Bird Profile Military Macaw

Military Macaw Bird Information

Military macaws, in addition to being vocal and outgoing, are huge parrots with a reputation for being pleasant, even-tempered pet birds. It can create a close attachment with its owners if it is hand-fed from infant stage. These inquisitive birds are eager to mingle with their human “flock.”

Military Macaw

Natural Habitat

Military Macaws live in the high altitude subtropical woods of Mexico, Bolivia, Venezuela, Peru, and Colombia. Their habitat is limited to a few places in several South American countries, and they are becoming increasingly vulnerable to trapping and killing. These parrots like to build their nests at high heights, frequently on lonely cliff cliffs.



Military Macaw is a friendly, easily tamed bird. They rarely live alone in the wild, preferring to live in pairs or flocks of 10 to 20 birds. It is not uncommon for this bird to choose one person or even one gender in captivity. It is critical to introduce it to a wide range of individuals in order for it to remain friendly in all social circumstances.

While Military Macaws aren’t known for being particularly sociable, those that have been properly handled and socialized may enjoy some hugging and rubbing. These birds might be irritable at times. If they are not happy or well-trained, macaws can become aggressive. Many owners discover that their bird’s mood often mirrors their own.

They can work as a “watch bird,” alerting you when something isn’t quite right around the house. For example, they may call out to alert you when a stranger approaches the door. Routines appeal to military macaws. It can typically tell when you’re going to be home and when it’s dinner time. Training them with treats is pretty simple, and they like learning new tasks. Some even become toilet trained as a result of this.

Though this bird is not as good a talker as other parrots, it may be trained to be talkative and acquire a few words and phrases. Although they are one of the calmer macaws, they can shriek and have a characteristic croak. This level of loudness is typically unsuitable for apartment or condominium living.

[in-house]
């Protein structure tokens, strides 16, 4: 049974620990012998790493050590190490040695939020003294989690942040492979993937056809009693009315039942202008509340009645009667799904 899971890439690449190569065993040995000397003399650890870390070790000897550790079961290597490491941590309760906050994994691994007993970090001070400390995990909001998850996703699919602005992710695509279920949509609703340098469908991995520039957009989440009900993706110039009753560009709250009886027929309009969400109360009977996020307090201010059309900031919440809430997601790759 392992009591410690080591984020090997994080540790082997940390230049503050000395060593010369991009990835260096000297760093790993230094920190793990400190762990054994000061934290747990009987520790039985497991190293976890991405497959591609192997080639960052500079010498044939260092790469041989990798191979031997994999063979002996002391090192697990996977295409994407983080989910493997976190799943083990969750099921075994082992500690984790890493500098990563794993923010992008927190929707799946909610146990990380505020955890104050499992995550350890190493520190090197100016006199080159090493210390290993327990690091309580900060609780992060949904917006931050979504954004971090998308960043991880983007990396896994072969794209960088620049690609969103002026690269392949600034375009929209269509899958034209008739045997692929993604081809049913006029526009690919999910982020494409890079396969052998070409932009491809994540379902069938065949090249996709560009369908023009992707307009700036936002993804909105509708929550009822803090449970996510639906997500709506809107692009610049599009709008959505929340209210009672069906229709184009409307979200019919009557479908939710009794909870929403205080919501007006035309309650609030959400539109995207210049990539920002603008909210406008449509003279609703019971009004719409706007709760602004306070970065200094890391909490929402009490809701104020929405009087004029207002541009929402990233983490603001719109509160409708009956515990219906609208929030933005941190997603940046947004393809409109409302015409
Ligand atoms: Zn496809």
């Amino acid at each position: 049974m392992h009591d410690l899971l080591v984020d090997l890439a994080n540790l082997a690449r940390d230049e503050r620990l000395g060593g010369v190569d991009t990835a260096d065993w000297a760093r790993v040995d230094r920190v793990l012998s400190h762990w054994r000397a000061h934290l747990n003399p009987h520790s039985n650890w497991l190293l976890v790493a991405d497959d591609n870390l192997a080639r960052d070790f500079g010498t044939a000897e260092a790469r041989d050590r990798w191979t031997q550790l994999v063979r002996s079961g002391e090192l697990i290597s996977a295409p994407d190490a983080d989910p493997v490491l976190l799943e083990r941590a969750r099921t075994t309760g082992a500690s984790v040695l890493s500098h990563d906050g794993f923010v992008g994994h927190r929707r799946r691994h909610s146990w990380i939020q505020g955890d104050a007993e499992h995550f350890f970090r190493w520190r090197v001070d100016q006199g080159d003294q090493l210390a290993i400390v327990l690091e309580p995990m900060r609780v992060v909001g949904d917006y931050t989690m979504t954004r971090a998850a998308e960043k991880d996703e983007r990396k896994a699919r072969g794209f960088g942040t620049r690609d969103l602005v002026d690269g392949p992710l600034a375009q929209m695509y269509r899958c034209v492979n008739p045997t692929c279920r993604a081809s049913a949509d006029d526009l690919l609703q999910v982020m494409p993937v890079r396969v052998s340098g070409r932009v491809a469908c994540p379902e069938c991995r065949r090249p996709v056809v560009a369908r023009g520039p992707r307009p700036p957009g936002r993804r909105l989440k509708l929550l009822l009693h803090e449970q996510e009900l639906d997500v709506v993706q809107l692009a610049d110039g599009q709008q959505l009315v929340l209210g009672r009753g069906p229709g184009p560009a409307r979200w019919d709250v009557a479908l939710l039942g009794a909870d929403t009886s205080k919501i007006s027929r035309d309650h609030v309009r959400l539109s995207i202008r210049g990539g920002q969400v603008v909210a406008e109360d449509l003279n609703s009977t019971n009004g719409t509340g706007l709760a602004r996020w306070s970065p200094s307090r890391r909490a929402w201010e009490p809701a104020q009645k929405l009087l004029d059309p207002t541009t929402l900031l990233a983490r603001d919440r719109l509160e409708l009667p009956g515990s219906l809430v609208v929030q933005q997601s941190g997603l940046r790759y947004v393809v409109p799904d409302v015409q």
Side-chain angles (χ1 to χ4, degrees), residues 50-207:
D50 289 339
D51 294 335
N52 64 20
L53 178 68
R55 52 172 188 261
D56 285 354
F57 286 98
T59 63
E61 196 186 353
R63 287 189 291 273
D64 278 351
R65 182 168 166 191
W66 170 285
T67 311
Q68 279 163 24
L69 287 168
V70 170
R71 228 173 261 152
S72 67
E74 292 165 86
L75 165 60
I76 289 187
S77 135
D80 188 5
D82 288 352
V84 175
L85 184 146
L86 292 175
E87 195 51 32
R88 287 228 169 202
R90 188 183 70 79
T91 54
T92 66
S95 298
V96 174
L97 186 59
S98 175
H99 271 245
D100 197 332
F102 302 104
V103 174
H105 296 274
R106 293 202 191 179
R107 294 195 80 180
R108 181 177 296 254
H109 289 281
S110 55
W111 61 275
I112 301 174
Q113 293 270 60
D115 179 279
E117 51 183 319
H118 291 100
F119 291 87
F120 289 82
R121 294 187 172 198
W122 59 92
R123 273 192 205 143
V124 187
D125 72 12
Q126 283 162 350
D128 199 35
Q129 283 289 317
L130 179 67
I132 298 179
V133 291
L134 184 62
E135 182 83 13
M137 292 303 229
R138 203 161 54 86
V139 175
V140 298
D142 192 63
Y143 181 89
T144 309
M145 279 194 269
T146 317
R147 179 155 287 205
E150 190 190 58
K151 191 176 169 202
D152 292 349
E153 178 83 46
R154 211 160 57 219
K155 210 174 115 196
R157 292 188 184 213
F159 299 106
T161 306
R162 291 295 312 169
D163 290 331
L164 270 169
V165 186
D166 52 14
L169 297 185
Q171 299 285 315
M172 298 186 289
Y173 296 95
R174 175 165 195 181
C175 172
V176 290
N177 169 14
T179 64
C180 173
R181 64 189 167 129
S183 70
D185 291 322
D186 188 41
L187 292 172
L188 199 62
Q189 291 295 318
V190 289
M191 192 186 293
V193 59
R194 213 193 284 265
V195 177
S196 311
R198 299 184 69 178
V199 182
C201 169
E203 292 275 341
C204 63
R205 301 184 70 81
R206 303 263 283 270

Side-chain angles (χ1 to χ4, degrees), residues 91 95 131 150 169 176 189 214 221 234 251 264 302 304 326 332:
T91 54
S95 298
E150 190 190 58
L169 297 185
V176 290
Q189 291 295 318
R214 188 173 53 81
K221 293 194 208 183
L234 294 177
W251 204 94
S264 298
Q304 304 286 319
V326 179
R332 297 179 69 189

Military Macaws
Blue and Gold Macaws


The Military Macaw’s plumage is packed with tropical, brilliant colors, similar to a painter’s pallet, ensuring a magnificent spectacle. The body is mostly green, however it is flecked with yellow and lime tones. The undersides of the wings and tail are brilliant yellow, while the tops are vivid blue. Purple feathers can be found on several tail feathers.

This is a huge parrot, like all the other macaws. It is slightly smaller than its cousins, with adults reaching 31 inches (80 cm) in length and weighing up to 2.4 pounds (1100 grams). One of these parrots’ most distinguishing characteristics is their “blushing.” When they are thrilled, their white cheeks will turn red.


Health Condition

Although macaws are long-lived birds, they are susceptible to a viral infection known as macaw wasting syndrome and swollen beaks, as do all parrots. Military macaws, like other pet parrots, may resort to self-mutilation by feather plucking if they feel neglected or bored.

Military macaws eat seeds, berries, nuts, fruits, and vegetables in the wild. Pet military macaws should consume a similar diet that includes a high-quality seed or pellet mix as well as fresh bird-safe fruits and vegetables. Macaw owners frequently discover that their bird enjoys dining with them. On occasion, you can feed them healthful “human food,” including modest amounts of protein like chicken.

Military macaws fly hundreds of miles per day in the wild. Regular exercise is vital in captivity. Every day, owners should ensure that their pets have at least 2 to 4 hours of fun outside of their cages. This activity time allows the birds to stretch their wings and exercise their beaks while also providing mental stimulation.